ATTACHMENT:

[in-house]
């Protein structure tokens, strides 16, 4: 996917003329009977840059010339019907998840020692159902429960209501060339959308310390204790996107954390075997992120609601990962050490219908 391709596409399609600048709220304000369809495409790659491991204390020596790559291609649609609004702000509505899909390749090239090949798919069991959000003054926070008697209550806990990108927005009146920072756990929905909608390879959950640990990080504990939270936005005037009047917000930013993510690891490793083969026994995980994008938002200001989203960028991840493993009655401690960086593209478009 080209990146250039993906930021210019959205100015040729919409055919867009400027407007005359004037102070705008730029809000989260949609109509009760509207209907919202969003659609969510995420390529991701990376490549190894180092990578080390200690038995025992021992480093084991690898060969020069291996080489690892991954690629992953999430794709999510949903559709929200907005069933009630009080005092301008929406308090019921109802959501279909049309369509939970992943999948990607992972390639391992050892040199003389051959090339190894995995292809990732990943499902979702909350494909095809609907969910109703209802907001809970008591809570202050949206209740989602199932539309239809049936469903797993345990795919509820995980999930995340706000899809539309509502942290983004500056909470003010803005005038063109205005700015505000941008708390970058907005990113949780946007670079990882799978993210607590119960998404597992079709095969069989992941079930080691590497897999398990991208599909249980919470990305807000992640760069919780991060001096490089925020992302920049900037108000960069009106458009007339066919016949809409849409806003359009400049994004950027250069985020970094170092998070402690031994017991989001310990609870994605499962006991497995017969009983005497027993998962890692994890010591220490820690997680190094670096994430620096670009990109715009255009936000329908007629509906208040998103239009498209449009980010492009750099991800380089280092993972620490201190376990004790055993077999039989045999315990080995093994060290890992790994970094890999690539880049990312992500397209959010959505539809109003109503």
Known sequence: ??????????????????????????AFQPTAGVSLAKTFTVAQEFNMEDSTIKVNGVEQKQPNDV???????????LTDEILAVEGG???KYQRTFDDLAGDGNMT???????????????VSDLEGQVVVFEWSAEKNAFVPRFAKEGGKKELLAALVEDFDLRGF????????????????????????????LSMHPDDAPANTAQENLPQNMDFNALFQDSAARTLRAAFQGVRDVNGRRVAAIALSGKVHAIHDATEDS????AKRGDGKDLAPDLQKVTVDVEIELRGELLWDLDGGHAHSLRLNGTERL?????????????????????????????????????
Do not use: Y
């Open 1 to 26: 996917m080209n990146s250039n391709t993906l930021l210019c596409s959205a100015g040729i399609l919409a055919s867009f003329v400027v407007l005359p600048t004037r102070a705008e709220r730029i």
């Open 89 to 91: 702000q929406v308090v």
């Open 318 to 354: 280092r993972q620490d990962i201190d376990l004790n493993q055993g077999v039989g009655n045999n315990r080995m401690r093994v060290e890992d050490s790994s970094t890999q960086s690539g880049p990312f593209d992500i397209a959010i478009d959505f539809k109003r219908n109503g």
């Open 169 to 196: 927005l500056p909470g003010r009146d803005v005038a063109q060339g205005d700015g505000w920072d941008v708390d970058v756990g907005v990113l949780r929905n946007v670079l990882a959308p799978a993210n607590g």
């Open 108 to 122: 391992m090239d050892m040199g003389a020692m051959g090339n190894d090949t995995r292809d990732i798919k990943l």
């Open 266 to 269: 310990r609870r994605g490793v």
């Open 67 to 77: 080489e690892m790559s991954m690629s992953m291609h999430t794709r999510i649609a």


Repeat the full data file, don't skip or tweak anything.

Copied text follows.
[in-house]
């Protein structure tokens, strides 16, 4: 996917003329009977840059010339019907998840020692159902429960209501060339959308310390204790996107954390075997992120609601990962050490219908 391709596409399609600048709220304000369809495409790659491991204390020596790559291609649609609004702000509505899909390749090239090949798919069991959000003054926070008697209550806990990108927005009146920072756990929905909608390879959950640990990080504990939270936005005037009047917000930013993510690891490793083969026994995980994008938002200001989203960028991840493993009655401690960086593209478009 080209990146250039993906930021210019959205100015040729919409055919867009400027407007005359004037102070705008730029809000989260949609109509009760509207209907919202969003659609969510995420390529991701990376490549190894180092990578080390200690038995025992021992480093084991690898060969020069291996080489690892991954690629992953999430794709999510949903559709929200907005069933009630009080005092301008929406308090019921109802959501279909049309369509939970992943999948990607992972390639391992050892040199003389051959090339190894995995292809990732990943499902979702909350494909095809609907969910109703209802907001809970008591809570202050949206209740989602199932539309239809049936469903797993345990795919509820995980999930995340706000899809539309509502942290983004500056909470003010803005005038063109205005700015505000941008708390970058907005990113949780946007670079990882799978993210607590119960998404597992079709095969069989992941079930080691590497897999398990991208599909249980919470990305807000992640760069919780991060001096490089925020992302920049900037108000960069009106458009007339066919016949809409849409806003359009400049994004950027250069985020970094170092998070402690031994017991989001310990609870994605499962006991497995017969009983005497027993998962890692994890010591220490820690997680190094670096994430620096670009990109715009255009936000329908007629509906208040998103239009498209449009980010492009750099991800380089280092993972620490201190376990004790055993077999039989045999315990080995093994060290890992790994970094890999690539880049990312992500397209959010959505539809109003109503």
Known sequence: ??????????????????????????AFQPTAGVSLAKTFTVAQEFNMEDSTIKVNGVEQKQPNDV???????????LTDEILAVEGG???KYQRTFDDLAGDGNMT???????????????VSDLEGQVVVFEWSAEKNAFVPRFAKEGGKKELLAALVEDFDLRGF????????????????????????????LSMHPDDAPANTAQENLPQNMDFNALFQDSAARTLRAAFQGVRDVNGRRVAAIALSGKVHAIHDATEDS????AKRGDGKDLAPDLQKVTVDVEIELRGELLWDLDGGHAHSLRLNGTERL?????????????????????????????????????
Do not use: Y
């Open 1 to 26: 996917m080209n990146s250039n391709t993906l930021l210019c596409s959205a100015g040729i399609l919409a055919s867009f003329v400027v407007l005359p600048t004037r102070a705008e709220r730029i």
């Open 89 to 91: 702000q929406v308090v």
């Open 318 to 354: 280092r993972q620490d990962i201190d376990l004790n493993q055993g077999v039989g009655n045999n315990r080995m401690r093994v060290e890992d050490s790994s970094t890999q960086s690539g880049p990312f593209d992500i397209a959010i478009d959505f539809k109003r219908n109503g």
């Open 169 to 196: 927005l500056p909470g003010r009146d803005v005038a063109q060339g205005d700015g505000w920072d941008v708390d970058v756990g907005v990113l949780r929905n946007v670079l990882a959308p799978a993210n607590g």
């Open 108 to 122: 391992m090239d050892m040199g003389a020692m051959g090339n190894d090949t995995r292809d990732i798919k990943l």
């Open 266 to 269: 310990r609870r994605g490793v």
């Open 67 to 77: 080489e690892m790559s991954m690629s992953m291609h999430t794709r999510i649609a």